• Tick Tock: When Punctuality Raises Employee ADA Questions

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    A recent viral TikTok video — where a user claims they were disrespected by a potential employer when inquiring about accommodations for difficulty with being on time — shows that even in the most seemingly questionable situations, there may be legitimate issues that require Americans with Disabilities Act considerations, says Daniel Pasternak at Squire Patton.

  • Tips For Making And Maintaining Employee Resource Groups

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    Employers should consider creating employee resource groups to create a workplace that can flourish in the new remote work reality, and keep in mind three best practices to avoid potential legal pitfalls and challenges that come with them, say Tyler Paetkau and Catarina Colón at Husch Blackwell.

  • Employer Pointers From Tiger Woods' Legal Dispute With Ex

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    Ex-girlfriend Erica Herman's sexual harassment suit against Tiger Woods, which was recently sent to arbitration, highlights the need for employers to understand their rights and responsibilities around workplace relationships, nondisclosure agreements and arbitration provisions, say Stephanie Reynolds and Sean McKaveney at Fisher Phillips.

  • Equinox Bias Verdict Shows Swift Employer Response Is Key

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    A nearly $11.3 million jury verdict against Equinox in New York federal court shows just how high the stakes are for employers dealing with harassment and discrimination in the workplace, and how important consistent investigation and discipline are when responding to individual internal complaints, says Jennifer Huelskamp at Porter Wright.

  • A Midyear Review Of EEOC's Gender-Related Priorities

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    The U.S. Equal Employment Opportunity Commission’s 2023-2027 strategic enforcement plan focuses on various gender-related issues such as the enactment of pregnancy discrimination and pay transparency laws, and now, more than halfway through the fiscal year, the EEOC's enforcement of such laws is set to surpass previous years, say attorneys at Proskauer.

  • Employer Drug-Testing Policies Must Evolve With State Law

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    As multistate employers face ongoing challenges in drafting consistent marijuana testing policies due to the evolving patchwork of state laws, they should note some emerging patterns among local and state statutes to ensure compliance in different jurisdictions, say attorneys at Troutman Pepper.

  • Insurance Implications Of High Court Affirmative Action Ruling

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    The U.S. Supreme Court's recent ruling striking down affirmative action admissions policies at Harvard University and the University of North Carolina will likely result in more litigation related to hiring practices, with implications for insurance coverage, meaning policyholders must remain wary of exclusions and other potential roadblocks, say attorneys at Pillsbury.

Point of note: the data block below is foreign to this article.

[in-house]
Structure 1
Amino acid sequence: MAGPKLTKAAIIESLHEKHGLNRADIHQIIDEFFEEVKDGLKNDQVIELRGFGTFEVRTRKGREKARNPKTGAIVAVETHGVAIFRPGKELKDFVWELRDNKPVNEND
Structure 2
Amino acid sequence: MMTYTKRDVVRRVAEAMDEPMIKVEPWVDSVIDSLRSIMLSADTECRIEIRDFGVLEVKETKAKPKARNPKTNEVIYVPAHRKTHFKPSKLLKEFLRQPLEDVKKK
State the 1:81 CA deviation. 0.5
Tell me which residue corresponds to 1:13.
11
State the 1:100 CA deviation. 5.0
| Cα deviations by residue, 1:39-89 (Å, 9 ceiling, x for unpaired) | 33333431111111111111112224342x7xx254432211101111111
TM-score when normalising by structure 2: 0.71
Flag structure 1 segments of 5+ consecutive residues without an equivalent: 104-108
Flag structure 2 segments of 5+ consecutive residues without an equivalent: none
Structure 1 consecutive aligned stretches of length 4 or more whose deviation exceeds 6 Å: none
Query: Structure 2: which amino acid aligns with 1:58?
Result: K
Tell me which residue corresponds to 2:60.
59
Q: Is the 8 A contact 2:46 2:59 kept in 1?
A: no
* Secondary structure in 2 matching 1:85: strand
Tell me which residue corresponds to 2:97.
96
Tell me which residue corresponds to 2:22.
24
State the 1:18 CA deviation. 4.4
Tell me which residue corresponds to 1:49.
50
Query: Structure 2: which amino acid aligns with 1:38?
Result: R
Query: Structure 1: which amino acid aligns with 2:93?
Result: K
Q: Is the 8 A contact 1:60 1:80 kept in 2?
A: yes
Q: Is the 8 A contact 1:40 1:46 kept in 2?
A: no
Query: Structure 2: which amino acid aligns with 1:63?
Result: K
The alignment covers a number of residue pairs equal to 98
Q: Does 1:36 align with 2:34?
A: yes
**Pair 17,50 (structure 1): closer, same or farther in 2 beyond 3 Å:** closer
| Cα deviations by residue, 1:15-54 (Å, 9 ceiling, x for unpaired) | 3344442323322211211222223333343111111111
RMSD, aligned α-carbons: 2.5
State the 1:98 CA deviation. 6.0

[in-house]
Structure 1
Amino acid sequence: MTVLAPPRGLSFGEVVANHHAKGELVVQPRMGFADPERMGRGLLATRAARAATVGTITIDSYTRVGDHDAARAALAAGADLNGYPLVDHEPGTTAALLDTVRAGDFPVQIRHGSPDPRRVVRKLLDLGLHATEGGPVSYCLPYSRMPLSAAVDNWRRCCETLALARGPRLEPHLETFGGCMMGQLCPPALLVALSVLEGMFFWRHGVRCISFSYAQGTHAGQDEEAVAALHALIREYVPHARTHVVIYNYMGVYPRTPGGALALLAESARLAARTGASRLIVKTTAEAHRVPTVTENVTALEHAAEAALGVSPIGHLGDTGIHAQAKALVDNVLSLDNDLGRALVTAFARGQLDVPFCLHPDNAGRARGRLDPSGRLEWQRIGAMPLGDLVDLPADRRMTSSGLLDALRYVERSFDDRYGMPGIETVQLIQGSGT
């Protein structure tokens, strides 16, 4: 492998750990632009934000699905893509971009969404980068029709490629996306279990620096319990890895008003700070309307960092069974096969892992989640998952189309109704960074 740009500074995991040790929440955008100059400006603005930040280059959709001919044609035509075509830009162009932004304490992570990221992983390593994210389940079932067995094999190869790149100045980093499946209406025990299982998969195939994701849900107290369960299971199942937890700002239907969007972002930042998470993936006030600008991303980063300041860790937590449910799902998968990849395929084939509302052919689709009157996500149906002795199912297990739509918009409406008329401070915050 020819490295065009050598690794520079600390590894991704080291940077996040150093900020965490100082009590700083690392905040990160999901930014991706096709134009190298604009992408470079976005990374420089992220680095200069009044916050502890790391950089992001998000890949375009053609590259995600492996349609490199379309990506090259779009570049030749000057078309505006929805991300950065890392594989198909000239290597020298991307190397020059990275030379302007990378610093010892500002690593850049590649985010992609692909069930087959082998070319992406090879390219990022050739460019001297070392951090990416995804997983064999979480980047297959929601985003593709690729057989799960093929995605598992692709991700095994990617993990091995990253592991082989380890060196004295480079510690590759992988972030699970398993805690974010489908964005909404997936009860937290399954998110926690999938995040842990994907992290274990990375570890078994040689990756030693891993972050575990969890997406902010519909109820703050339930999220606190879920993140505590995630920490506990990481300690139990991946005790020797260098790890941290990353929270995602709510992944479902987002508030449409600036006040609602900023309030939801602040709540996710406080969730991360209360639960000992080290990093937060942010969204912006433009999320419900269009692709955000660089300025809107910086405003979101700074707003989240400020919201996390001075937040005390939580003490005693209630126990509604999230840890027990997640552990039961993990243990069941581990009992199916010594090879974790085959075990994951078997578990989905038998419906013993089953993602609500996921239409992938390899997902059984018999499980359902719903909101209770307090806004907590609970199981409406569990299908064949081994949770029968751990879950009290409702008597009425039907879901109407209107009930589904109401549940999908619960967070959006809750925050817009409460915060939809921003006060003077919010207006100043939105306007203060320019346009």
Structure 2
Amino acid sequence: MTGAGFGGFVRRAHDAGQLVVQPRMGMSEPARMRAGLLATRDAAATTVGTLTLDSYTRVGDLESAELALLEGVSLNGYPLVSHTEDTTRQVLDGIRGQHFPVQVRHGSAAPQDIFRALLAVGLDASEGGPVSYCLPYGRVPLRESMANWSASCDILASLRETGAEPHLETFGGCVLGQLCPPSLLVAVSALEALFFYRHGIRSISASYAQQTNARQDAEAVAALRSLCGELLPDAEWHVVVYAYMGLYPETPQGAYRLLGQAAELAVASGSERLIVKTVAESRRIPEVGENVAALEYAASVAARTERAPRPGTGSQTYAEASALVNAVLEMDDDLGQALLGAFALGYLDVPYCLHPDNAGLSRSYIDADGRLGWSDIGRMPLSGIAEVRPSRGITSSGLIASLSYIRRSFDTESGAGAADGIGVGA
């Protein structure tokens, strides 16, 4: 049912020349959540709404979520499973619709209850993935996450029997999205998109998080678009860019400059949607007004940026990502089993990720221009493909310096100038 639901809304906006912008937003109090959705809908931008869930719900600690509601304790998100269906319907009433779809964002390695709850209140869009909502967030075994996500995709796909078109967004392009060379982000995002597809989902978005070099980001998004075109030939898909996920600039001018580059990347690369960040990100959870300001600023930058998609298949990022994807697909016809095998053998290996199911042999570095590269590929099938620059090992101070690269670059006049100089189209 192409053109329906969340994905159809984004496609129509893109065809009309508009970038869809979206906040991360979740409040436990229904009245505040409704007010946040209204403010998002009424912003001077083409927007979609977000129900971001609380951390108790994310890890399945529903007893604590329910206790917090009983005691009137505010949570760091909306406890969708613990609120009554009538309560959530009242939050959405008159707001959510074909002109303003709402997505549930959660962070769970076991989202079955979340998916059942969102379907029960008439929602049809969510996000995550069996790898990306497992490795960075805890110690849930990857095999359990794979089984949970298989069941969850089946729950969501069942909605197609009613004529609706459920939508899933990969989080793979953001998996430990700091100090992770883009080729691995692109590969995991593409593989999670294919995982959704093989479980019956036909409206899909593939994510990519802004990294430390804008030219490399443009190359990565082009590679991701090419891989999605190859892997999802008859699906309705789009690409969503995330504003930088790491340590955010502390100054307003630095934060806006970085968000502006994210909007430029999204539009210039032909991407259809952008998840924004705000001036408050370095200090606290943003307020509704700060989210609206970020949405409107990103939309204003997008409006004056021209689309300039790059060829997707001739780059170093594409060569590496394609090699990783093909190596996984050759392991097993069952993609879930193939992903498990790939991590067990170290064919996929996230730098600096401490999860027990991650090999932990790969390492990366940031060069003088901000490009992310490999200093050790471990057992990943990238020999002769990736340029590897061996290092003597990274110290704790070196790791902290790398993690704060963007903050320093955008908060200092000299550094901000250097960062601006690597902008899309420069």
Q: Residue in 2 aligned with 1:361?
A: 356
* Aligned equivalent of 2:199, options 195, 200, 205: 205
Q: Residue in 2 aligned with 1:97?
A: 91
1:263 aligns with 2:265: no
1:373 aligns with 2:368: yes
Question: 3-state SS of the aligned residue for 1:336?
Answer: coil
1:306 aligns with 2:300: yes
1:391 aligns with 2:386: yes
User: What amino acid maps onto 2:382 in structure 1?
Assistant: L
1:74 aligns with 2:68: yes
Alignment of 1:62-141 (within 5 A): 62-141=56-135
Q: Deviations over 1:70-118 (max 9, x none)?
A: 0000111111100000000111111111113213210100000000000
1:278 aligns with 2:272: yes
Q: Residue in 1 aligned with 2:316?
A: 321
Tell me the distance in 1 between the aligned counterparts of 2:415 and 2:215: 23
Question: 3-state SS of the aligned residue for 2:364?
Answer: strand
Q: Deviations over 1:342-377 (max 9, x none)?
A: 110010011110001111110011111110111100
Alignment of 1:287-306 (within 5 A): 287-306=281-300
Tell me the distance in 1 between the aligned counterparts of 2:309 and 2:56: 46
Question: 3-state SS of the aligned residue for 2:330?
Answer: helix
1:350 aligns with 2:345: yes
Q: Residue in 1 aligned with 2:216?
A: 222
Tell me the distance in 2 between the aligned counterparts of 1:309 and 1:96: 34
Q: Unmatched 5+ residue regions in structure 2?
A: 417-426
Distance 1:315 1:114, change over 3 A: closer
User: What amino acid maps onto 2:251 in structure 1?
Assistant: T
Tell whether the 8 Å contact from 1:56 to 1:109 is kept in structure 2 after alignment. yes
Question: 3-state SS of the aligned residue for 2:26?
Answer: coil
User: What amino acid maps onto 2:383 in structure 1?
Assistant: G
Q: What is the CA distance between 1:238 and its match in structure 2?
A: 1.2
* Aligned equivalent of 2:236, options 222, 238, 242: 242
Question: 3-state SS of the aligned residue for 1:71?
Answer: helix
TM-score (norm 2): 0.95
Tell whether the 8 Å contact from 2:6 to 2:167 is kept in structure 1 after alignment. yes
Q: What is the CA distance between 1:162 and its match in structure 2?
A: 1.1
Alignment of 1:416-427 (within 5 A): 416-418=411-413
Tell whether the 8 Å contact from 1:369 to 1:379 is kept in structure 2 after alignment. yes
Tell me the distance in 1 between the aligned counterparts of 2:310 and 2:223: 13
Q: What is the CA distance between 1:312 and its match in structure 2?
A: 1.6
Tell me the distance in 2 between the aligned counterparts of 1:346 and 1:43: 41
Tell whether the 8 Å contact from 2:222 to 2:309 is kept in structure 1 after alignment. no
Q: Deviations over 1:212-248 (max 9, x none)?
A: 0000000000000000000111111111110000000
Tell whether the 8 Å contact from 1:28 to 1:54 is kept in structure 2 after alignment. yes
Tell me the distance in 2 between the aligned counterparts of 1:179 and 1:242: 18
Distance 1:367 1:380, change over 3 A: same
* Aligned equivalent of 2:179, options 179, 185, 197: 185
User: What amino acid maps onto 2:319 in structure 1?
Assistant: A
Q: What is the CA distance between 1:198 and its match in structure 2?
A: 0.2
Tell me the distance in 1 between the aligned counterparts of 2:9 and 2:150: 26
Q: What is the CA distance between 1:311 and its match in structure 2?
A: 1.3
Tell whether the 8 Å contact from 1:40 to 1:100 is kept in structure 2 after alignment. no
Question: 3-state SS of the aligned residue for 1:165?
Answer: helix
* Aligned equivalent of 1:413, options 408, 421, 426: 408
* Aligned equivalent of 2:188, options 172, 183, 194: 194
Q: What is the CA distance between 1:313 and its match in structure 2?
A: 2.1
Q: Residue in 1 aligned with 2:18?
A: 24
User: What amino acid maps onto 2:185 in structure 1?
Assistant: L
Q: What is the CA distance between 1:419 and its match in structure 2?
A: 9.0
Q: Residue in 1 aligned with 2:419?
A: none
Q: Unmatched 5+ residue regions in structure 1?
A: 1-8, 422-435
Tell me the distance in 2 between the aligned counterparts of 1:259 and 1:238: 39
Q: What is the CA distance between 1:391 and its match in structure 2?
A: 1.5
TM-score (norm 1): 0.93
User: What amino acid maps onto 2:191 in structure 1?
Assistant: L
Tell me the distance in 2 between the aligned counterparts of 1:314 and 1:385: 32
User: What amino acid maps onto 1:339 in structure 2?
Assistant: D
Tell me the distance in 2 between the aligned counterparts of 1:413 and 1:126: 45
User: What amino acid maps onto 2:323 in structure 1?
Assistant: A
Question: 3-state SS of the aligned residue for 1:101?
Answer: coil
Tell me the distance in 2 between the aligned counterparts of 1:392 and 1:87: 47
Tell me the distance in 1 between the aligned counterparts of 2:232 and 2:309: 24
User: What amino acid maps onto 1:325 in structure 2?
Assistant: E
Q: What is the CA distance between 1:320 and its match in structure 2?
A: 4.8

• 4 Strategies To Counter Antisemitism In The Workplace

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    With antisemitism on the rise in the U.S., employers have a duty to help Jewish employees feel safe and supported in their professional lives by adapting the four points of the Biden administration's National Strategy to Counter Antisemitism for the workplace, say Johanna Zelman and Rachel Ullrich at FordHarrison.

  • Employer Steps To Protect DEI Plans Post-Affirmative Action

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    The U.S. Supreme Court’s decision to end affirmative action in higher education may embolden opponents of diversity, equity and inclusion efforts in the employment context, but employers can take steps to mitigate litigation risks while still advancing their internal policy goals, say Greg Demers and Renai Rodney at Ropes & Gray.

  • Unpacking The POWR Act, Colo.'s New Work Harassment Law

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    With the August rollout of Colorado’s Protecting Opportunities and Workers' Rights Act set to make it easier for employees to claim harassment, companies should confirm that their harassment prevention programs satisfy the law’s requirements and provide a clear method to investigate any future claims, say Mamie Ling and Michael Freimann at Armstrong Teasdale.

  • Complying With AI Guidance In Employment Decisions

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    Following the Equal Employment Opportunity Commission’s recently updated guidance on the use of artificial intelligence for employment-related decisions, employers need to adapt in kind to ensure they are using technology in a responsible, compliant and nondiscriminatory manner, say Luke Bickel and Yasamin Parsafar at Sheppard Mullin.